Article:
Pop Culture opened in July in the Medical Arts Building selling healthy popsicles. They were later forced to vacate that spot, but are moving to the corner of Church and Walnut and are getting close to re-opening. Also opening in July, The Tree and Vine, selling olive oil and balsamic vinegar has taken the city by storm. I wondered if that wasn’t a bit specific for a product line, but the first time I stepped inside I knew it would work. I never imagined how well: for the weeks leading up to Christmas it was often difficult to wedge oneself inside the store for all the crowds. Once you go there you are simply hooked. Rounding out the month was a neighbor for The Tree and Vine on Union Avenue, when Casual Pint opened a second location. They have also thrived from the very beginning.
In August we welcomed three different businesses from the very small scale to the very large. Dale’s Fried Pies debuted via Dale Mackey and her food cart. She has to accept some of the blame for the weight I gained last year. Slightly larger, the Farm to Taco truck made its appearance downtown and we enjoyed some great Vietnamese food from them: Tacos/Vietnamese Food, get it? Me either, but it was good. Finally, that month saw the finishing touches on a multi-million dollar project in the Holiday Inn resulting in the opening of Windows on the Park, a delightful space overlooking the World’s Fair Park and offering excellent food.
Another option for moving about the city offered itself in September with the opening of Downtown Rickshaw. Sporting advertising and seating for two these rickshaws are pedal-powered and can be seen buzzing up and down Gay Street and through Market Square. One place many people headed for that month was the brand new store joining Casual Pint and The Tree and Vine on Union Avenue. Nothing Too Fancy, offering clothes for men and much more received a very warm welcome to the city.
From the low-key to the greatly anticipated, October featured three additional openings. Not much changed in the Old City beyond the sign on the outside of what had been Old City Entertainment as the bar was purchased and re-opened as Union Place. Much farther up in the sky, the Icon Ultra Lounge, featuring great appetizers, good drinks and a great view from a cool space, opened in the Sunsphere to a great reception. The long-awaited event of the month – or perhaps the year – was the opening of Tupelo Honey at 1 Market Square. The restaurant immediately had one to two hour waits and I’ve noticed no sign of the crowds slowing down.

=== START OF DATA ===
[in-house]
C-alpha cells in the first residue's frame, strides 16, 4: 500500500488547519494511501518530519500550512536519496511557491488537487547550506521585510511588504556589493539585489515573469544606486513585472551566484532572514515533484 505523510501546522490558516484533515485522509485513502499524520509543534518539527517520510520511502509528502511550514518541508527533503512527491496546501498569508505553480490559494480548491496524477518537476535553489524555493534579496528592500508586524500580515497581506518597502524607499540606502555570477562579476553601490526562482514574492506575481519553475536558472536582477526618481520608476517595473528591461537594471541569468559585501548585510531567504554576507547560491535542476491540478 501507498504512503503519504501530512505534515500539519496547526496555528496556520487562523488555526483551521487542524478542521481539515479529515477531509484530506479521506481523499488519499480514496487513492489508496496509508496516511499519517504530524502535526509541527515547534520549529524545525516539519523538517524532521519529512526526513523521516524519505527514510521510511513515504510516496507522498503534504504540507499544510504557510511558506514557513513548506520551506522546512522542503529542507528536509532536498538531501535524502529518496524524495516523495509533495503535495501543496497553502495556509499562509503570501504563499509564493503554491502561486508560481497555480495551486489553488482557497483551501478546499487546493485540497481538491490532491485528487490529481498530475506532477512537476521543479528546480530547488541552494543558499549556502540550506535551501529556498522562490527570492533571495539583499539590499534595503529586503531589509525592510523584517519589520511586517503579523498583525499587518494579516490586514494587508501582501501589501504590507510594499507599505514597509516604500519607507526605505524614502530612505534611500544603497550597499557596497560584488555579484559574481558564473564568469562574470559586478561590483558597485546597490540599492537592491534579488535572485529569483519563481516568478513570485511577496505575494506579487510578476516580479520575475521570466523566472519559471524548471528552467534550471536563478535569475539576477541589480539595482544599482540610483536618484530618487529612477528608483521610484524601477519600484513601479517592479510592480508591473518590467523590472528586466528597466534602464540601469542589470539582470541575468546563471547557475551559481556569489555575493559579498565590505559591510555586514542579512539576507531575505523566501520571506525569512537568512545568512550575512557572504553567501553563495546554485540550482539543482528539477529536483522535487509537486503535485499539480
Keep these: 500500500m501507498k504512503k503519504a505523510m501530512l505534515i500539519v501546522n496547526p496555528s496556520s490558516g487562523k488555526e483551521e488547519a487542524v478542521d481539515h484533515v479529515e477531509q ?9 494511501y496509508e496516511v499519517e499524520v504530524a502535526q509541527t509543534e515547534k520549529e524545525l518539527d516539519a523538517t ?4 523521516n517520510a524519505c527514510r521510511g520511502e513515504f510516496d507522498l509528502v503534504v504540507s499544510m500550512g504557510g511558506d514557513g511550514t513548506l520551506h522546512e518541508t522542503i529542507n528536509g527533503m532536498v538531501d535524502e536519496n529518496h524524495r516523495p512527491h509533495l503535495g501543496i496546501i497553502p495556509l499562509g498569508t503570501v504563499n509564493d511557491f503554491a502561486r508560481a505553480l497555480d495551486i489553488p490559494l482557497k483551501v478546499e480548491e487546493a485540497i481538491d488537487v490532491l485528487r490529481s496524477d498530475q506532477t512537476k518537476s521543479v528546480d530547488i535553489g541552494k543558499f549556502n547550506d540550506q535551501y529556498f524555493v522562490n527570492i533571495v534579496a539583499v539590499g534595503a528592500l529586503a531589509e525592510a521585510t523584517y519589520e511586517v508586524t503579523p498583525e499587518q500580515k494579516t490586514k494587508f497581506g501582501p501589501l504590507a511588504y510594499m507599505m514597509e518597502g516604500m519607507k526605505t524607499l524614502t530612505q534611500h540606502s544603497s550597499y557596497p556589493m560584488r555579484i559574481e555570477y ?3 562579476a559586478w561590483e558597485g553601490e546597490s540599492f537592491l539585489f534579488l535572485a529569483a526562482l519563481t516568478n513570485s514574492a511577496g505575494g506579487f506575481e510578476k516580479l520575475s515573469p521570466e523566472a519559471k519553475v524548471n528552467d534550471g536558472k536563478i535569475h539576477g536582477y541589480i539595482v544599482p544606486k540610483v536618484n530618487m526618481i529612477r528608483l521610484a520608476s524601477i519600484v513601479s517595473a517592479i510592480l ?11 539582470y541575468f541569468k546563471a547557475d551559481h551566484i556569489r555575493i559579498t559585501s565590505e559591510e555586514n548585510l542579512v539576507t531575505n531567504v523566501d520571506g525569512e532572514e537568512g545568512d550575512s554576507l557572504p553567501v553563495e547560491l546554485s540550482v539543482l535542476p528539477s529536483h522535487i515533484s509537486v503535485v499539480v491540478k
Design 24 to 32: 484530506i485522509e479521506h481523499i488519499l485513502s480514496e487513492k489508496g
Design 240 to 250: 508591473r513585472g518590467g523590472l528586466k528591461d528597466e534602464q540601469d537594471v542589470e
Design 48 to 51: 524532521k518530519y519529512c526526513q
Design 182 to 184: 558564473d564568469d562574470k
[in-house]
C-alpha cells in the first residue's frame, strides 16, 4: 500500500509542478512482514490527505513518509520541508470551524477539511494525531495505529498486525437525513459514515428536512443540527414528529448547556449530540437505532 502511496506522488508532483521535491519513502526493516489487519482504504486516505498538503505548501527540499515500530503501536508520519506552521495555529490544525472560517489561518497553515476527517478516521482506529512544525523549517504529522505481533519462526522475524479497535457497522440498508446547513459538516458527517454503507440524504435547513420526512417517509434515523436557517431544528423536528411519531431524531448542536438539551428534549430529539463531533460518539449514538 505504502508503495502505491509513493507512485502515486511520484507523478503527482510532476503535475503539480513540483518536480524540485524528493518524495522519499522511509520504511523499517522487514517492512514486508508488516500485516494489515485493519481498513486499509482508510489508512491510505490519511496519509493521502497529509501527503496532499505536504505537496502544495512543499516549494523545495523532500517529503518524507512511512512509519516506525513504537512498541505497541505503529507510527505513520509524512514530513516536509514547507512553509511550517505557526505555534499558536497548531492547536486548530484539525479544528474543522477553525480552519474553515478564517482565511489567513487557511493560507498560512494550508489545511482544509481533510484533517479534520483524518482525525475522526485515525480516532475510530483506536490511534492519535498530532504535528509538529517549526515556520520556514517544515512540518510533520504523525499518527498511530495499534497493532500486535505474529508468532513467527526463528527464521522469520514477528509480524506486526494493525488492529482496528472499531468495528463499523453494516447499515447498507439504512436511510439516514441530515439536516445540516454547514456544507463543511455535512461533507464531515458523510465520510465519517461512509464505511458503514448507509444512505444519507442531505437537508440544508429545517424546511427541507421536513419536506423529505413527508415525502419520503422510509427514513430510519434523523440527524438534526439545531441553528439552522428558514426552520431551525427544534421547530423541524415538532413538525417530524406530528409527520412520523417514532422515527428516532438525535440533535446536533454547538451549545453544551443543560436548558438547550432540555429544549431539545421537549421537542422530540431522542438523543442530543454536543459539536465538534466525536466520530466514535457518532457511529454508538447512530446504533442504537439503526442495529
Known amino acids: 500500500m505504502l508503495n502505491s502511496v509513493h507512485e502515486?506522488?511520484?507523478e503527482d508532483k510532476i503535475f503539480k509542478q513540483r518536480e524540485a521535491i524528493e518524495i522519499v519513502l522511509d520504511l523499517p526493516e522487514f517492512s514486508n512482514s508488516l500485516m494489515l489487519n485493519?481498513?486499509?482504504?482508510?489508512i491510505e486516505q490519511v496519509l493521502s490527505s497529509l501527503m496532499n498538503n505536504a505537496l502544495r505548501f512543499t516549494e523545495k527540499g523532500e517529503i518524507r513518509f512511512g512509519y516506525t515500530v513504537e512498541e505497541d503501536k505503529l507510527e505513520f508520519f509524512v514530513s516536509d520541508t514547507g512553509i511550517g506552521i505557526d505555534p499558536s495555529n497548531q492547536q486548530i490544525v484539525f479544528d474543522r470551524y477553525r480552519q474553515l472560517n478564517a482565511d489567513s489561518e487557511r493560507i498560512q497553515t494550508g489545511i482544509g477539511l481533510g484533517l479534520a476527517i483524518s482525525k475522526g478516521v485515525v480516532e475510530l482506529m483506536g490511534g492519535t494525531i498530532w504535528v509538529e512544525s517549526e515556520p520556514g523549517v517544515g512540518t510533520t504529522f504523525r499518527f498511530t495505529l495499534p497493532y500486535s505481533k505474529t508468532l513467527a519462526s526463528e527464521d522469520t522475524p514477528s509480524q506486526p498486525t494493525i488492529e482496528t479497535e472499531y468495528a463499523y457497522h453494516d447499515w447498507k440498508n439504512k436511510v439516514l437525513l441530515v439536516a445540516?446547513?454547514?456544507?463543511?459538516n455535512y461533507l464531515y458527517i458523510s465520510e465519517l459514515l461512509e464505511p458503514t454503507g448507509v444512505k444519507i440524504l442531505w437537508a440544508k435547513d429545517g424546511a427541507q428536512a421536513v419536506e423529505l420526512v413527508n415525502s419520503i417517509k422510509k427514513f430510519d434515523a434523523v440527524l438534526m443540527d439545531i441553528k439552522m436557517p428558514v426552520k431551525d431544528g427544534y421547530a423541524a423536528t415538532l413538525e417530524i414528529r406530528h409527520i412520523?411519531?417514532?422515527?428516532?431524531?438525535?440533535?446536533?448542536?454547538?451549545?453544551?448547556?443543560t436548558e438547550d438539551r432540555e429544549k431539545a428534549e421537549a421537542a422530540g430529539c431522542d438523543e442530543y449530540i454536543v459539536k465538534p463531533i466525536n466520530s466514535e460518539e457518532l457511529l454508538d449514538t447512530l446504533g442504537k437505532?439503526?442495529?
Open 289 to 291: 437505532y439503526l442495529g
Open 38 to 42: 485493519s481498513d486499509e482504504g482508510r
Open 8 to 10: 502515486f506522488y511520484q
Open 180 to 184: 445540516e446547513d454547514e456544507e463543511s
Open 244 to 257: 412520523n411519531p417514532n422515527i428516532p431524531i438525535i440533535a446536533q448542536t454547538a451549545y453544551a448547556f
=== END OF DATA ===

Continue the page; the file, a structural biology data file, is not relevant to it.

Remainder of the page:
November was the month for very different types of businesses which add significantly to the mix. Southland Lakefront and Mountain Properties opened on Union Avenue. River Sports Outfitters opened a second location on Market Square, though that location isn’t likely permanent. The biggest news of the month, to me, was the opening of Rick Terry’s Jewelers on Gay Street. Knoxville had not had a downtown jeweler in nearly twenty years and, to me, it increases the feel of downtown as a permanently vibrant area, not a place that will flare and then return to being the ghost town it was fifteen years ago. Also opening was Cru Bistro on the 100 Block of Gay Street. It became an immediate favorite for the Urban Family.
The only opening I spotted in December was the storefront for local designer Patricia Nash, the force behind her personally designed leather bags. I understand as many as eleven employees will work in the space on the 100 block of Gay Street.
It’s a pretty impressive list when you place it all in one spot. I really like the diversity of the businesses that opened. Soon I’ll take a look at changes that happened downtown to existing businesses and to the streetscape. Later I’ll put it all together and see how it all adds up.